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Seafood Safety Information Centered at University of California

The Issue

Since the April 20, 2010, Deepwater Horizon/BP oil spill, attention has focused on the safety of seafood from the Gulf of Mexico. Many fish are at risk: blue crabs, crawfish, oysters, shrimp and fish (about 86 species including albacore, channel catfish, red snapper and tilapia). The impact on the nation’s seafood industry and consumer confidence could be devastating.

In a June 2010 telephone survey of 1,076 consumers conducted by University of Minnesota’s Food Industry Center, Louisiana State University AgCenter and the National Center for Food Protection and Defense, 54% of respondents said the oil spill has affected their seafood consumption somewhat, 44% said they will not eat Gulf seafood, and 31% said they will eat less seafood regardless of its origin. Further, 89% said they are concerned about the spill’s effects on Gulf seafood, while 50% are “extremely concerned.”

What Has ANR Done?

To help prevent oil-tainted seafood from reaching consumers, Pamela Tom, UC's Seafood Network Information Center (SeafoodNIC) director, joined a national team to disseminate information on seafood safety steps and monitoring for contaminants in seafood shipments and harvests from unapproved waters. Tom worked with the U.S. Food and Drug Administration, the National Oceanographic and Atmospheric Administration Seafood Inspection Program, Louisiana State University and the University of Florida.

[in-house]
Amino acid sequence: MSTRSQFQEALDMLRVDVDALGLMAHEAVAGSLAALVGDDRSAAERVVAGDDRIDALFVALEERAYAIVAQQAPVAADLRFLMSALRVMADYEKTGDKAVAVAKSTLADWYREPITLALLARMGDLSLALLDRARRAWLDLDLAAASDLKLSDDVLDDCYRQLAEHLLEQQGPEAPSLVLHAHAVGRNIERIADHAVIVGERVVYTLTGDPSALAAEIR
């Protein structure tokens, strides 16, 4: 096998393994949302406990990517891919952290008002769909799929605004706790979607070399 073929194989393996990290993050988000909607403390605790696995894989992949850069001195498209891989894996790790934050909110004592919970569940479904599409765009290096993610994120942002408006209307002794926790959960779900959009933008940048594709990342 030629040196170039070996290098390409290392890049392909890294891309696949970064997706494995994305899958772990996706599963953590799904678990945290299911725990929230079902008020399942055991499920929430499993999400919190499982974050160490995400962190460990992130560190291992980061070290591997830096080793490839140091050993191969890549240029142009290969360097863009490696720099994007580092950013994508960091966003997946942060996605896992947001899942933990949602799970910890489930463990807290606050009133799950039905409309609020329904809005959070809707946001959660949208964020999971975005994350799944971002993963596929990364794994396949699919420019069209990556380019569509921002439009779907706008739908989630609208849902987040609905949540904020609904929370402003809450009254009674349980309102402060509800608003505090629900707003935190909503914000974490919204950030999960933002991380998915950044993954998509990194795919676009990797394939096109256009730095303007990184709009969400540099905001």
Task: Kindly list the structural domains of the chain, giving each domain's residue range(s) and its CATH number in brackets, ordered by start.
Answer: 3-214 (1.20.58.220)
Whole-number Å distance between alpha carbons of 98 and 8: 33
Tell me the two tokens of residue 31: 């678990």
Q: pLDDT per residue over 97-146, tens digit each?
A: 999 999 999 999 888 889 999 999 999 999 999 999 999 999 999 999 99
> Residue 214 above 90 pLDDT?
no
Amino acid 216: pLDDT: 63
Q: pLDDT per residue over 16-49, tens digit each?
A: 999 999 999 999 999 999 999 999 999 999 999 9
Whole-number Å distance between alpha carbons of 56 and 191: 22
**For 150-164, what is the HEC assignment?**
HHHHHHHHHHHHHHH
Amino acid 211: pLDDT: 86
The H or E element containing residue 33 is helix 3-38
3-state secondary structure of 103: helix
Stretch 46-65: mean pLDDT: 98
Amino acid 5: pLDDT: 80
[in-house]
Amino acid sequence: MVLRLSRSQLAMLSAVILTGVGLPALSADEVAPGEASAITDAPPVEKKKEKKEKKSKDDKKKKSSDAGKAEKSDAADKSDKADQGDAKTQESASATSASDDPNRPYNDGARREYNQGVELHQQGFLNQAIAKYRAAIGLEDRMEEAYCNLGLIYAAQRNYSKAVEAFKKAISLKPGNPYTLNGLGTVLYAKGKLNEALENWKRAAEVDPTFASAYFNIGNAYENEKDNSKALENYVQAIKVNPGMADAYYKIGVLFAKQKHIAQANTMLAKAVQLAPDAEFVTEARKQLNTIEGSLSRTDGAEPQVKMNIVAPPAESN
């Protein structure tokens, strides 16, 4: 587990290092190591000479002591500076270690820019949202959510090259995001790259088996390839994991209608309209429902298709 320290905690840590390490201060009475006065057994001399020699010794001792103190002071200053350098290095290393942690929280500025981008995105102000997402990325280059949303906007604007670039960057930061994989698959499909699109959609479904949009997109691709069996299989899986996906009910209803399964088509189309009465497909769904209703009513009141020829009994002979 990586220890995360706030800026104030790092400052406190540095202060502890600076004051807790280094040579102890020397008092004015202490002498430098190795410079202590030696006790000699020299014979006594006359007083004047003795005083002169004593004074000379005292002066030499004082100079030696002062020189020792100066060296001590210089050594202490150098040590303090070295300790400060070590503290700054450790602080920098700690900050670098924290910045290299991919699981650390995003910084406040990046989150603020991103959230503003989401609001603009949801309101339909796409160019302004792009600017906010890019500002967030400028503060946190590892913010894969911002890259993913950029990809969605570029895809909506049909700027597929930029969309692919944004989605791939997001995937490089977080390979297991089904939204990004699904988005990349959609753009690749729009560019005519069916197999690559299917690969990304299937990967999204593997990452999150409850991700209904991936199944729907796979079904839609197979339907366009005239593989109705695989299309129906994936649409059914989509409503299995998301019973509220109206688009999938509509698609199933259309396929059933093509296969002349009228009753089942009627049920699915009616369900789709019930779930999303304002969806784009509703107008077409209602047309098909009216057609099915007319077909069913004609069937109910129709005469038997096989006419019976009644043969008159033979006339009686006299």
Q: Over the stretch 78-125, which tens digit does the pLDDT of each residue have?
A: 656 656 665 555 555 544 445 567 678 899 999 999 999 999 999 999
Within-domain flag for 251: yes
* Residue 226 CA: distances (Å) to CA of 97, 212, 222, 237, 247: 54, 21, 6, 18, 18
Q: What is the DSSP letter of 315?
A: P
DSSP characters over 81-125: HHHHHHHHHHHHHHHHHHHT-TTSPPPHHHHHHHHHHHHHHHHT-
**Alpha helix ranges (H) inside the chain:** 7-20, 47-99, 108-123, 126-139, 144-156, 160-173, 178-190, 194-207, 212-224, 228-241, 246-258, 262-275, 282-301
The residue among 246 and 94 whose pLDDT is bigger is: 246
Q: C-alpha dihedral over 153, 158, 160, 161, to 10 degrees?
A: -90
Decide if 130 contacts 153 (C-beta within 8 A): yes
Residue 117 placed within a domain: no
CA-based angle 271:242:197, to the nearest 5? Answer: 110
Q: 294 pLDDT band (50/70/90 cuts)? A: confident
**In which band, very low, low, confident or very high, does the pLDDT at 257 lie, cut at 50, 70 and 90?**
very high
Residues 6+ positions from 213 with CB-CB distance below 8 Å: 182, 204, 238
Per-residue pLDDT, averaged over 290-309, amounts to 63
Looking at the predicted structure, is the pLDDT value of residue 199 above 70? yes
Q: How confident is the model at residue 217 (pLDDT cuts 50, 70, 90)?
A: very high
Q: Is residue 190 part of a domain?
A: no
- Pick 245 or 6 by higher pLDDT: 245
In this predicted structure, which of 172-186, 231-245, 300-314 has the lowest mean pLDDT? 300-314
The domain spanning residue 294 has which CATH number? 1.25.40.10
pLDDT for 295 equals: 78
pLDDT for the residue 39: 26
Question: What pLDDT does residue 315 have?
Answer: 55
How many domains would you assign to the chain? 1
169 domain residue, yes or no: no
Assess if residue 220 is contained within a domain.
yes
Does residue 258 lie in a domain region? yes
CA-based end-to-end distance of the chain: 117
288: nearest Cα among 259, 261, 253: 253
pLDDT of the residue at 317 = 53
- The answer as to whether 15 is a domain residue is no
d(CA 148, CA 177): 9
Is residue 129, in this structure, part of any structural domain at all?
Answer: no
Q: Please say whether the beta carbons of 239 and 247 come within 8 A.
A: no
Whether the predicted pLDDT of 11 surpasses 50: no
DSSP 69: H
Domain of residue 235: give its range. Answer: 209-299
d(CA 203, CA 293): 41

The team developed a strategy to convey the notice and monitoring procedures to Gulf fish growers, harvesters, and processors. As part of the effort to inform Gulf states and national seafood buyers, she posted information on SeafoodNIC, a UC website of science-based seafood safety and quality information.

The Payoff

SeafoodNIC is recognized by seafood agencies and institutions worldwide.

SeafoodNIC is a timely information source that is available to consumers and the seafood community. The website averages 395,000 visits annually. Since launching in April, the SeafoodNIC oil spill web page (http://seafood.ucdavis.edu/organize/oilspills.htm) had recorded 742 visits as of August 2010.

Clientele Testimonial

"SeafoodNIC is a vital resource and public service to the California and global seafood community. This website is the only publicly accessible ‘go to’ source on seafood safety and quality issues.” - Rob Ross, California Fisheries & Seafood Institute executive director.


Supporting Unit:

UC Davis Department of Food Science and Technology, and UC Sea Grant Extension Program
Pamela Tom, pdtom@ucdavis.edu, (530)752-3837